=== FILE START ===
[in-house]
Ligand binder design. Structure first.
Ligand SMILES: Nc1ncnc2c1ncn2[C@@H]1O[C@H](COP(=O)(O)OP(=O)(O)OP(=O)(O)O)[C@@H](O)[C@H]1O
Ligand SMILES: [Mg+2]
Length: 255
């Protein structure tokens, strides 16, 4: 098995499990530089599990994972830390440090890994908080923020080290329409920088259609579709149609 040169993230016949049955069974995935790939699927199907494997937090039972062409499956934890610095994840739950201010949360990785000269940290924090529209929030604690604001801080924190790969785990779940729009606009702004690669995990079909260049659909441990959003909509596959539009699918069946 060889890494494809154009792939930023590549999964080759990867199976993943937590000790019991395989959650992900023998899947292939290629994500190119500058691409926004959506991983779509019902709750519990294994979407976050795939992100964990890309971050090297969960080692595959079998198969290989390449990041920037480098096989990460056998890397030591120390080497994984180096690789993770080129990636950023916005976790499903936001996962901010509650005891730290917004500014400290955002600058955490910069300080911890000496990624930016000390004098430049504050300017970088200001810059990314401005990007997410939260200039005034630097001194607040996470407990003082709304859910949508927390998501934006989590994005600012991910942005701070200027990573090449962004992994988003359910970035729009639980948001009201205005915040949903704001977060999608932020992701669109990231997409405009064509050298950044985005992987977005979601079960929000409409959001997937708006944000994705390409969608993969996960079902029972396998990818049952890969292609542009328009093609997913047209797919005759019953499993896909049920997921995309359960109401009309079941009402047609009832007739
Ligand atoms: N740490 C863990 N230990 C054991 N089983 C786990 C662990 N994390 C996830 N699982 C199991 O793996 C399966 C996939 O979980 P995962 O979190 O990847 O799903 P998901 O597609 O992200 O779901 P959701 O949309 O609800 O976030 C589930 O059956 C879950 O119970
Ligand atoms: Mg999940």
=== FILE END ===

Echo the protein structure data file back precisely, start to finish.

[in-house]
Ligand binder design. Structure first.
Ligand SMILES: Nc1ncnc2c1ncn2[C@@H]1O[C@H](COP(=O)(O)OP(=O)(O)OP(=O)(O)O)[C@@H](O)[C@H]1O
Ligand SMILES: [Mg+2]
Length: 255
């Protein structure tokens, strides 16, 4: 098995499990530089599990994972830390440090890994908080923020080290329409920088259609579709149609 040169993230016949049955069974995935790939699927199907494997937090039972062409499956934890610095994840739950201010949360990785000269940290924090529209929030604690604001801080924190790969785990779940729009606009702004690669995990079909260049659909441990959003909509596959539009699918069946 060889890494494809154009792939930023590549999964080759990867199976993943937590000790019991395989959650992900023998899947292939290629994500190119500058691409926004959506991983779509019902709750519990294994979407976050795939992100964990890309971050090297969960080692595959079998198969290989390449990041920037480098096989990460056998890397030591120390080497994984180096690789993770080129990636950023916005976790499903936001996962901010509650005891730290917004500014400290955002600058955490910069300080911890000496990624930016000390004098430049504050300017970088200001810059990314401005990007997410939260200039005034630097001194607040996470407990003082709304859910949508927390998501934006989590994005600012991910942005701070200027990573090449962004992994988003359910970035729009639980948001009201205005915040949903704001977060999608932020992701669109990231997409405009064509050298950044985005992987977005979601079960929000409409959001997937708006944000994705390409969608993969996960079902029972396998990818049952890969292609542009328009093609997913047209797919005759019953499993896909049920997921995309359960109401009309079941009402047609009832007739
Ligand atoms: N740490 C863990 N230990 C054991 N089983 C786990 C662990 N994390 C996830 N699982 C199991 O793996 C399966 C996939 O979980 P995962 O979190 O990847 O799903 P998901 O597609 O992200 O779901 P959701 O949309 O609800 O976030 C589930 O059956 C879950 O119970
Ligand atoms: Mg999940």